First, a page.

The cost of consumables can seem minor when calculating a job.
Compared to the costs of labor, tools, material and transportation, the expenditure for consumables can seem unavoidable and of relatively minor importance.
But when using traditional methods of joining pipe, such as welding, soldering and threading, consumables are a constant cost and one that can easily cut into profit margins.
This sample bill of materials explains it well:
Say a job requires a contractor to make 1,500 x ½” pipe connections and, based on material and application, he chooses to use threading to join the pipe.
Consumables for the job are a cutting die, cutting oil, Teflon tape and pipe thread compound. Let’s look at the quantities involved:
- The ½” cutting die has a 1,500-cut life span.
- For those 1,500 cuts, two gallons of cutting oil are used.
- Three wraps of Teflon pipe are used on each pipe joint.
- One pint of pipe thread compound lasts five times as long as the Teflon rolls.
At face value, here are the price points associated with each of these consumables:
- Die: $123.48
- Cutting oil: $33.27
- Teflon tape: $15.78
- Pipe thread compound: $10.32
When you spread these numbers across 1,500 connections, you end up with a total cost of $0.318 per joint.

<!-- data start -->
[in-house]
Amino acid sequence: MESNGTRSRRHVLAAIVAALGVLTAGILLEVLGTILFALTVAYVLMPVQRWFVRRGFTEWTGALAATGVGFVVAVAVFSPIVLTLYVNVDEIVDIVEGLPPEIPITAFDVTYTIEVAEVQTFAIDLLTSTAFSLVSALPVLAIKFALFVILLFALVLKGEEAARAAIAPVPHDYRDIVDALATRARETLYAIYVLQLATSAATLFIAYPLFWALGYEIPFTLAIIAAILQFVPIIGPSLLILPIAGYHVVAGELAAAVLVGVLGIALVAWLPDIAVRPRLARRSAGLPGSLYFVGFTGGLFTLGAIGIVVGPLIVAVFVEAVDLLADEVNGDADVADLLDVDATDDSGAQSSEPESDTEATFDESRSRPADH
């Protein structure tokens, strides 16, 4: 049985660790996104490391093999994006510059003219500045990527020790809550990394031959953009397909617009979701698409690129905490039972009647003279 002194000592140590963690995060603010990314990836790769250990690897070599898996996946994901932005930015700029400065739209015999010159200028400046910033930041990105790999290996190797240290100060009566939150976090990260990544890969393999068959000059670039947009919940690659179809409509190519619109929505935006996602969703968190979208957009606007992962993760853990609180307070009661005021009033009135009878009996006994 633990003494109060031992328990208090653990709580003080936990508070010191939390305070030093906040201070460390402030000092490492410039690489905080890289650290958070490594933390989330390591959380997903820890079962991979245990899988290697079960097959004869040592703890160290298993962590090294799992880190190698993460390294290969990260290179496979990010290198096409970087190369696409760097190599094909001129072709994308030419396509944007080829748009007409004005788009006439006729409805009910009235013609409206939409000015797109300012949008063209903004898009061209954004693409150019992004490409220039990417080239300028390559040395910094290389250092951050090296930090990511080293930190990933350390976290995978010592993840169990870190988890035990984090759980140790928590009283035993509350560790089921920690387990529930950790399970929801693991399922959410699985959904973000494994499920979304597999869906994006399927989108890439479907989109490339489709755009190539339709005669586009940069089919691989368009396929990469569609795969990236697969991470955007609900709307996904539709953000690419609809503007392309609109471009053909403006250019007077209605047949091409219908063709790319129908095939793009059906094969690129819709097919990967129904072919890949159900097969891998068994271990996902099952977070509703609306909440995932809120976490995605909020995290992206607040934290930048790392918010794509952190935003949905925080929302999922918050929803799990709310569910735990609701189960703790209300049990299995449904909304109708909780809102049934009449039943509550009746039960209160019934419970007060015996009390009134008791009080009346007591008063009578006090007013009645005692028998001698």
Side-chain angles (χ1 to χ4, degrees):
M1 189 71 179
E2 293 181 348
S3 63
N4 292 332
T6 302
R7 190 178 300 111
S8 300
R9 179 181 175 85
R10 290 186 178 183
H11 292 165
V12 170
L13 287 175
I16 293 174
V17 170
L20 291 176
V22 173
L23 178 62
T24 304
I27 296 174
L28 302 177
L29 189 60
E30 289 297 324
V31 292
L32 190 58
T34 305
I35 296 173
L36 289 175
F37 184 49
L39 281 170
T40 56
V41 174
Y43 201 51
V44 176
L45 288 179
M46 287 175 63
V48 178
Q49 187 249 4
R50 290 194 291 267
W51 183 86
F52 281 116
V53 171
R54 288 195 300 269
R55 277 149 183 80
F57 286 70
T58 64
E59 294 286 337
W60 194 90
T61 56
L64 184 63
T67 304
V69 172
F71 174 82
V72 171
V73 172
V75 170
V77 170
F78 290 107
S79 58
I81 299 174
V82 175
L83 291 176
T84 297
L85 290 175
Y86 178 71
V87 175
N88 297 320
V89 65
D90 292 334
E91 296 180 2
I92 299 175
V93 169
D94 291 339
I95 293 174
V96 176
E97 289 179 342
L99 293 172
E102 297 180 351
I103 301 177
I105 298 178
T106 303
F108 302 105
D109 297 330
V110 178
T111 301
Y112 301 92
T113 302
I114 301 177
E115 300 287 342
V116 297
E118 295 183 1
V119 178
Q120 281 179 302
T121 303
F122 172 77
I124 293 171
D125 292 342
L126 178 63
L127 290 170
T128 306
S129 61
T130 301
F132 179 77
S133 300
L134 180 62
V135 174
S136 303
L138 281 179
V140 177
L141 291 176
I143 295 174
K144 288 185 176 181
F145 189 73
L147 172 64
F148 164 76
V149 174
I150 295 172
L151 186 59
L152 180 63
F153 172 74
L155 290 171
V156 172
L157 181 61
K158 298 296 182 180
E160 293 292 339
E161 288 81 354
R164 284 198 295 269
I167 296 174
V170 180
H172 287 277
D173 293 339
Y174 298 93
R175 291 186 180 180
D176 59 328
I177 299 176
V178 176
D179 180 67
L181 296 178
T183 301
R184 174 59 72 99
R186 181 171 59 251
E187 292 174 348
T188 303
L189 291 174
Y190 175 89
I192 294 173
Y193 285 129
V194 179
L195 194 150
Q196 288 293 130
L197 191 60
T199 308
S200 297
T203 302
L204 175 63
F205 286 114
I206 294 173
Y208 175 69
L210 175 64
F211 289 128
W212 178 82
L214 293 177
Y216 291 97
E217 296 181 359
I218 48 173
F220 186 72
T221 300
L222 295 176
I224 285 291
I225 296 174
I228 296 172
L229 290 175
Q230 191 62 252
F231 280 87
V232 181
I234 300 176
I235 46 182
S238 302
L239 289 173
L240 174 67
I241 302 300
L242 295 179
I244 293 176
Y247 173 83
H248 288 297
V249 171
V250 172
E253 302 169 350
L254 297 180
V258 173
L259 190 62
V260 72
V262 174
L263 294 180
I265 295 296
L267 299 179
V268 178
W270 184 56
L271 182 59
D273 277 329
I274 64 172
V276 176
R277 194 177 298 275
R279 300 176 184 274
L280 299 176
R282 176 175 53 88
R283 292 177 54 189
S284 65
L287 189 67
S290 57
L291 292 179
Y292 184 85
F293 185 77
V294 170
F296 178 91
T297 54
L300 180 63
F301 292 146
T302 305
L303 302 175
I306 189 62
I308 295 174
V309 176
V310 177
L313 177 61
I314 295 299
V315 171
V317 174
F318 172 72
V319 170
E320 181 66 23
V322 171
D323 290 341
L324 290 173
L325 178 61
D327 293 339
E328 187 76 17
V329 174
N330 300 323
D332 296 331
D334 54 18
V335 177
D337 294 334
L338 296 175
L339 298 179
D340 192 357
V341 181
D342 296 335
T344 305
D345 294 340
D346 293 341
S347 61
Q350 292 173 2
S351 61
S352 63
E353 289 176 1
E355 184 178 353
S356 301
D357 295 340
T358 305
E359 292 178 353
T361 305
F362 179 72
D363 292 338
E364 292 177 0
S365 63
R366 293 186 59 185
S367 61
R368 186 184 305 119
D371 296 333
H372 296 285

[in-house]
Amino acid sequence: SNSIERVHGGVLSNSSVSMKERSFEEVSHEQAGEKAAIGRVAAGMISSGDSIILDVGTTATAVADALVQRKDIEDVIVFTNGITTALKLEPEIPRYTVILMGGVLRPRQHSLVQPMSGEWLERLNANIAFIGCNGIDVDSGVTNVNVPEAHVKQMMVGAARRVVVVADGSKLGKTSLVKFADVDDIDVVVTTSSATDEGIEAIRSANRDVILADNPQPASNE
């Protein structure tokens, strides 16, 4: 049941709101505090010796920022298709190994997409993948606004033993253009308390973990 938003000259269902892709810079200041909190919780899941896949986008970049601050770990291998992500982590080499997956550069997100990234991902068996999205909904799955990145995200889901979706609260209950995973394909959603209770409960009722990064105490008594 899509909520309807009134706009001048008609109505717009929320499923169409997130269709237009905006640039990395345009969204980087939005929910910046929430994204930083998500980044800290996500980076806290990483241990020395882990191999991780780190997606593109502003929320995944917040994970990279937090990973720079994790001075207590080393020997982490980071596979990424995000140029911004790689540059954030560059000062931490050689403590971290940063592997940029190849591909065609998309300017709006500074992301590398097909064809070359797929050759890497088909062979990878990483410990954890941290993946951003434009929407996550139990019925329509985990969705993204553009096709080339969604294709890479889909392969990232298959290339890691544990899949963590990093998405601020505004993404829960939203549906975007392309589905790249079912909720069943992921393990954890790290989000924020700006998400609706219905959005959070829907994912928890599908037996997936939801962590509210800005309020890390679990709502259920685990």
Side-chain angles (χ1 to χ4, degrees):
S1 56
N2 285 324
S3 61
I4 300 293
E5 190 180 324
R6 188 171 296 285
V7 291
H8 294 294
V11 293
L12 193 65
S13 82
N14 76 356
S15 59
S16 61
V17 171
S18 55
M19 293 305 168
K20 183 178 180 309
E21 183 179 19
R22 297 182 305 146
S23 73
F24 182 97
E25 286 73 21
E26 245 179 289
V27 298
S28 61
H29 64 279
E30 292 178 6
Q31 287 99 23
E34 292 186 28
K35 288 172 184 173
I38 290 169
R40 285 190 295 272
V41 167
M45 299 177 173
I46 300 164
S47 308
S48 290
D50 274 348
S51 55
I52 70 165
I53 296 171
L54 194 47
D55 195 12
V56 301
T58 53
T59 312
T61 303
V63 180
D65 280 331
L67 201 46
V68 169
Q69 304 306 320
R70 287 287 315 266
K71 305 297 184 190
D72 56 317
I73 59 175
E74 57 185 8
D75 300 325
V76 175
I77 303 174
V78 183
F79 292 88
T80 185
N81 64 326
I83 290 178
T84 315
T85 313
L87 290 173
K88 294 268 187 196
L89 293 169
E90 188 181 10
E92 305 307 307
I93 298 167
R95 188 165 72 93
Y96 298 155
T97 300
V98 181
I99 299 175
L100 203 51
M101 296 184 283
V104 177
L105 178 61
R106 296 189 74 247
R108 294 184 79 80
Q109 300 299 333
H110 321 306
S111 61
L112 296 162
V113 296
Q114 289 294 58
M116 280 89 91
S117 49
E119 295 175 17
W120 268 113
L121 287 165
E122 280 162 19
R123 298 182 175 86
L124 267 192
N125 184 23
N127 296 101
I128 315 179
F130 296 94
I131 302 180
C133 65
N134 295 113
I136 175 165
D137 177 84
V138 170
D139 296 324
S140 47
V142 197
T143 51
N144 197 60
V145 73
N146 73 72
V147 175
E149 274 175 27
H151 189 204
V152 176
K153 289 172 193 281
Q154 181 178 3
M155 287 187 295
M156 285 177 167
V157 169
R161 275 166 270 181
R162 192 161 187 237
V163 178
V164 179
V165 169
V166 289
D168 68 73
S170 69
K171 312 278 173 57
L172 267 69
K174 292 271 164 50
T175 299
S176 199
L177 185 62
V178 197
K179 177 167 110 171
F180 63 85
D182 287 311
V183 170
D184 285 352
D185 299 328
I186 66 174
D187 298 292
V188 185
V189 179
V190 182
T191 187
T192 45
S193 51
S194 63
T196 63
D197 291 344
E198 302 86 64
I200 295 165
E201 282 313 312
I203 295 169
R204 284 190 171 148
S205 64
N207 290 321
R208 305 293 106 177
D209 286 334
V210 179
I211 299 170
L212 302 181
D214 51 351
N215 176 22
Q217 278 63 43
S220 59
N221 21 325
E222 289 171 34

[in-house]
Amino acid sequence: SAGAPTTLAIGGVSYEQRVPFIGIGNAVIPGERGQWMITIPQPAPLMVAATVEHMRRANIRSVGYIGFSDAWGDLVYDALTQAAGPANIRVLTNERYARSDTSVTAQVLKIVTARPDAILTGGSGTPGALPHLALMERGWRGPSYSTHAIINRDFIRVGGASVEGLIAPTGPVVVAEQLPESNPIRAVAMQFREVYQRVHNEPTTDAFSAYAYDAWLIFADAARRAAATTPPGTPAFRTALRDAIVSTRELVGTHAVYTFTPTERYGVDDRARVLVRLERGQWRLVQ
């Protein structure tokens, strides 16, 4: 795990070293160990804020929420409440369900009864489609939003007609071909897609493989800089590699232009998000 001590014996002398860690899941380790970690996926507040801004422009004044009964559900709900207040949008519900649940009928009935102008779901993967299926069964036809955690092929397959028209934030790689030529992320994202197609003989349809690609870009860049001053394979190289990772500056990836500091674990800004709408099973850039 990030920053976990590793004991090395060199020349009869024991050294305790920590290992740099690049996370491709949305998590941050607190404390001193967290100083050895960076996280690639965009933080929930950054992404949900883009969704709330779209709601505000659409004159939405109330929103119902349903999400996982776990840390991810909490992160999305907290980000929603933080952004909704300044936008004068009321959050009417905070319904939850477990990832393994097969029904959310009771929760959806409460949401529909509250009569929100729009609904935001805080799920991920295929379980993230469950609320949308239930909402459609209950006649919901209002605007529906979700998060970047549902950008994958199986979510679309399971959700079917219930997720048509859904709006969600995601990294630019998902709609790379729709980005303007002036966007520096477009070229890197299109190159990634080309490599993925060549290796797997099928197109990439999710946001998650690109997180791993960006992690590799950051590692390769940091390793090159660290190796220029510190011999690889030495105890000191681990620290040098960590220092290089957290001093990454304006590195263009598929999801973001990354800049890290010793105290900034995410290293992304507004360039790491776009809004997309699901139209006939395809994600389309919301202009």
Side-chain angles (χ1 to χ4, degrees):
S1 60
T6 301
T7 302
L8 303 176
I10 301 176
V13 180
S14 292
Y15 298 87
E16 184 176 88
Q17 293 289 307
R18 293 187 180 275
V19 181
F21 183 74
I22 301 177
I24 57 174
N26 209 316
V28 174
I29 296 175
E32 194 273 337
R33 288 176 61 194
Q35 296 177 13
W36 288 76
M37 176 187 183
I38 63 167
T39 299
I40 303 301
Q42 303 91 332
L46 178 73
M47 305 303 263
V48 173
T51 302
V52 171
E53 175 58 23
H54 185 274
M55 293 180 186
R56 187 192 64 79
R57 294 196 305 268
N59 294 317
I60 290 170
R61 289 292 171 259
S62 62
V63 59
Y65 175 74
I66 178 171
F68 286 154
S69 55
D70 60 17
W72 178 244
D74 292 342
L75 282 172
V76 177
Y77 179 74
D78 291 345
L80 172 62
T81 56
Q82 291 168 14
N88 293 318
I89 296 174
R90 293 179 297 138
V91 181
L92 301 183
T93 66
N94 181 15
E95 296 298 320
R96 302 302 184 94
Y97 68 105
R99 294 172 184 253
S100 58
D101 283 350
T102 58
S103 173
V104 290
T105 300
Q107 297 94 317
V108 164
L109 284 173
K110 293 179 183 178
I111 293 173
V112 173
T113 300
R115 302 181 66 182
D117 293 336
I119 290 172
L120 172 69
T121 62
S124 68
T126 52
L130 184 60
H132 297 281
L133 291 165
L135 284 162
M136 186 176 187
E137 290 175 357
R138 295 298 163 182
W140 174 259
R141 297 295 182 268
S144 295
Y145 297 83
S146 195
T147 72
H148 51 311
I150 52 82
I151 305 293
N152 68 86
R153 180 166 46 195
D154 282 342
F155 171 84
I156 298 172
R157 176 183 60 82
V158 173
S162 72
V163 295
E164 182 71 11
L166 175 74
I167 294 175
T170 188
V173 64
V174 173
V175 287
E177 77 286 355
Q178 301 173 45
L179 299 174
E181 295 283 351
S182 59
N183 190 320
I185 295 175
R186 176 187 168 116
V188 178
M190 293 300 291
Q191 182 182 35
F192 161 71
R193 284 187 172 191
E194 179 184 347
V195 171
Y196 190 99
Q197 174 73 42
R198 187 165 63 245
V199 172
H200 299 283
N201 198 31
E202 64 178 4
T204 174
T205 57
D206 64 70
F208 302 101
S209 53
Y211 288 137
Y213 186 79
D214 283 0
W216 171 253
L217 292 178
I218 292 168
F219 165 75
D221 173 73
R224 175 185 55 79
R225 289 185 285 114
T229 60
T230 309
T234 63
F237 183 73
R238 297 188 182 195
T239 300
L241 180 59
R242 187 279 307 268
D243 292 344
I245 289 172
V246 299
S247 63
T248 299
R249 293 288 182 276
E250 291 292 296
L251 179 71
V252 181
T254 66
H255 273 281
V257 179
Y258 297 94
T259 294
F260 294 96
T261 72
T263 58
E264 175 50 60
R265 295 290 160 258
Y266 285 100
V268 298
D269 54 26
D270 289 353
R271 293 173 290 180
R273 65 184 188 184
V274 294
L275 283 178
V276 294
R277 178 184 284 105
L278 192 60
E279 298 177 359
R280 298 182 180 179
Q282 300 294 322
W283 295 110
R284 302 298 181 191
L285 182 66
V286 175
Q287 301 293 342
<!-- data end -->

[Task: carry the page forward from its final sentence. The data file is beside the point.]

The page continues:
If you think about this from a long-term perspective, it’s easy to see where the dent in your budget forms. Perform the same job above 50 times over and the consumable bill reaches nearly $24,000.
Now, consider a scenario where you need a 2″ pipe joint to perform the above job. In this case, you have a total cost of $0.749 per joint. Perform this same job 50 times and your consumable bill stretches to more than $56,000.
(While on the topic of costs, it’s also worth mentioning that a threading machine alone will run you about $7,000.)
While the above example uses threading, other traditional pipe-joining techniques like soldering and welding introduce the same concerns over consumable costs. Whether you need spools of solder, flux and fuel or welding sticks, grinding discs and a galvanizing spray, you’ll have payments that never cease and are bound to add up.
The best way to eliminate consumable costs is to use press tool technology. While the greatest efficiencies with press technology comes with reduced labor costs, the savings on consumables will add up, job after job, year after year.
In addition, there’s no need for open flame and you’ll have the ability to install in any weather conditions, so you’ll avoid the cost of fire watches and hot work permits, as well as potential costly delays in project schedules due to environmental conditions.
Will Dutcher, Associate Product Manager – Industrial, has been with Viega LLC for three years, beginning as a product engineer. He holds a bachelor’s degree in mechanical engineering from The State University of New York at Buffalo (UB) and has engineering experience in a variety of industries, including pharmaceutical, high-end jewelry and consumer plastics.